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the everyman memoirs

The official blog of author Tali Nay.
JAN
03

The Things You Keep

You're looking at the activity that perhaps took the largest percentage of my childhood: tying lanyards. Or, lanyard "lacing," as I so alliteratively called it on the small slips of paper with my name and phone number that I printed en masse to hand out to my friends. I also printed order forms, with blank spaces for things like the customer's name and the agreed upon price, as well as the selected colors and styles of pattern. So much about it appealed to me, in that it was something creative, something I could make with my hands, and something I could ultimately sell. A business, if you will. Complete with beads and hooks and a whole host of colored string options, it was all housed in a red, compartment-filled tin box.

I wouldn't necessarily have been able to recall how seriously I took my craft had it not been for the chance I had over Christmas to go through all the boxes of stuff I saved from my childhood. The boxes have been sitting in my parents' garage for decades, things from elementary school all the way up to through college. These are things like school papers, yearbooks, clothes, stuffed animals, collectible frogs from the years when I had a thing for collectible frogs, college textbooks, random vintage mugs picked up at thrift stores, etc. My main objective was to purge, to go through the boxes and decide what I wanted to keep vs. throw/give away, and what struck me as I sorted through everything was how delightful it was to be reminded of all these things that had once been important to me. The things I saved, the things I collected, the things I couldn't quite bring myself to part with. It's the memories they brought, of course, but also just the reminder of other phases of life. Things I had perhaps forgotten. Like how damn obsessed I was with those lanyards.

Is it sad that I ended up throwing or giving away probably 95% of everything in the boxes, including the lanyards? I think the answer you're looking for is yes. It's sad. It feels like my whole life just gone, with no way to now remember things like what my teachers said in the letters of recommendation they wrote for my scholarship applications or the songs my sister played at her violin recital or the note my co-star wrote on my program on the closing night of our high school performance of The Music Man. There's no way to remember them now, or to remind myself of them say ten, twenty, or thirty years from now when going through all the boxes again might have provided the same kind of delight. But the other side of coin, and one that cannot be ignored, is that I hadn't needed or really thought about anything in those boxes for, in most cases, decades. So what good was it doing me to have them sitting there, taking up space and collecting dust? What advantage would they serve at some future point in my life? It's this lens I used when considering each item, making it surprisingly easy to get rid of almost everything. It reminded me of moving to New York City several years ago, how I'd had to get rid of about 90% of what I owned in order to move to a tiny studio apartment. It was a similar decision process, in that only my favorite and most-used things were kept. I had to keep that filter in play or else I would get sad over parting with so much.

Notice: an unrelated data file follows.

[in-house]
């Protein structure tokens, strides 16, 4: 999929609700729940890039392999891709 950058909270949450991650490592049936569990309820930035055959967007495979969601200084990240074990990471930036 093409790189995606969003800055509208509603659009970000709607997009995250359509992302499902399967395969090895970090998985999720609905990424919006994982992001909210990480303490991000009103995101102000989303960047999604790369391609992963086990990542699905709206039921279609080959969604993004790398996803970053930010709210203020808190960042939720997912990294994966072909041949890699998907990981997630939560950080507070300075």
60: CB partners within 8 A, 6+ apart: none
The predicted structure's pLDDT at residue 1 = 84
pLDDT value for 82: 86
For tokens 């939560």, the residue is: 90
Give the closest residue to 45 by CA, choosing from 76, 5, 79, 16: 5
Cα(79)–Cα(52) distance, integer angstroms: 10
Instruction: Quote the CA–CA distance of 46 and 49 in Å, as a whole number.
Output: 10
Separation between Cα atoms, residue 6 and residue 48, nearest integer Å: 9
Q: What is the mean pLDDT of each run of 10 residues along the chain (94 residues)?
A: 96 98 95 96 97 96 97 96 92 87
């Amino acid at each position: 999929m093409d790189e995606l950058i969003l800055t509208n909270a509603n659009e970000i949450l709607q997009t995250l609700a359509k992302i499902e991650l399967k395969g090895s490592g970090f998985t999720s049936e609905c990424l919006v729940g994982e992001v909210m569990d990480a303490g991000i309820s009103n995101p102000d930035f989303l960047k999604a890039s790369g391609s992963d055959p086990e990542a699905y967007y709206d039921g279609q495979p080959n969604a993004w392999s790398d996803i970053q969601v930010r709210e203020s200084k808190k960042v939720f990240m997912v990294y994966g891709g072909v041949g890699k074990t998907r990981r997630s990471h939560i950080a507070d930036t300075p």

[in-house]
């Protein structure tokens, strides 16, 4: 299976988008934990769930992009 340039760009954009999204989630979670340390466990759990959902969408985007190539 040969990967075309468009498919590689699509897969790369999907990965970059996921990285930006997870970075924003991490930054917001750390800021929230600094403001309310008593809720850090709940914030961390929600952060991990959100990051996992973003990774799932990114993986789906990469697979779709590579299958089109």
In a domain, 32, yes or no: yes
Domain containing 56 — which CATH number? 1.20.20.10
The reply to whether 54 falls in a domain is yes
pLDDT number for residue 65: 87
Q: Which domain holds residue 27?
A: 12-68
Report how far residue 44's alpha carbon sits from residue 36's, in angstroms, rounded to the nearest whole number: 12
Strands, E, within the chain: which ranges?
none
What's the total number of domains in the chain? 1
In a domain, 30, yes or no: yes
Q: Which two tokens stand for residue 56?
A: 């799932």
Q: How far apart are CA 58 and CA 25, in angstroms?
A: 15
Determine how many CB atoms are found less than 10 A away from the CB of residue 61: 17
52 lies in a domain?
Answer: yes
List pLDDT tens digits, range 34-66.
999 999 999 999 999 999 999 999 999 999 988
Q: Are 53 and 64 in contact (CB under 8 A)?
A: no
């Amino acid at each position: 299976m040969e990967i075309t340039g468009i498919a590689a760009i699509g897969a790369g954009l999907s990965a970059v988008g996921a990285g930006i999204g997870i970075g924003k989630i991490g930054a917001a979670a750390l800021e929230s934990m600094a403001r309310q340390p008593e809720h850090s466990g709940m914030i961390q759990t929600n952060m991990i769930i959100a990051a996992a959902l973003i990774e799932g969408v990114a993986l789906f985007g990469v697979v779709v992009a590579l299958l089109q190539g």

And so I'm focusing on the fact that the things I donated will hopefully find second, more useful lives with other people and families. I'm focusing on the memory of having gone through the boxes. After all, when I mentioned to the BF on the way back to the airport that I always pictured going through those boxes someday and them making me happy, he responded with, "And you got that. You got it today." It's sooner than I planned I guess, but he's right. I got that, and if happiness was the goal, then the whole endeavor was a complete success.

SEP
01

When a Writer Cleans House

I cleaned house yesterday. For seven hours. A few have expressed their bafflement as to how a house as small as mine could possibly take seven hours to clean, but this was a cleaning the likes of which I have never done in the 5 years I've lived here, at least not all at once. Going through every drawer, cupboard, and closet. Throwing away bags upon bags of crap I don't need, making a pile of stuff to give away, etc. It was quite an undertaking. One that left me exhausted from standing...not to mention lugging heavy bags and boxes up and down the stairs all day. But my house is now so improved, and I'm reveling in the lack of clutter; the improved organization.

Mass organization projects such as these affect me in ways they probably wouldn't if I weren't a writer. On one hand, they cause me to look back. I've been in my house for five years, and as I sorted through the photos, letters, and mementos I've acquired during these years, it was hard not to wax sentimental. A lot of things have gone down, from the most joyful to the most heartbreaking, and it's as if yesterday I relived them all. On the other hand, mass organization projects also cause me to look forward. The jumbo pack of Q-tips I found in the upstairs hall closet (Thank you, Costco) will last me nearly 1000 days, for instance. Almost three years. And I wonder what life will look like then. Will I still be in this house? This city? This job? All I know for sure is I'll be out of Q-tips, but it's a little exciting to think that even as an established adult, there are still unknowns out there; things to figure out, chances to take, trails to blaze--even if we are later to the game than we had always planned on being.

And all this just from cleaning out a closet. No wonder I only do it once every five years.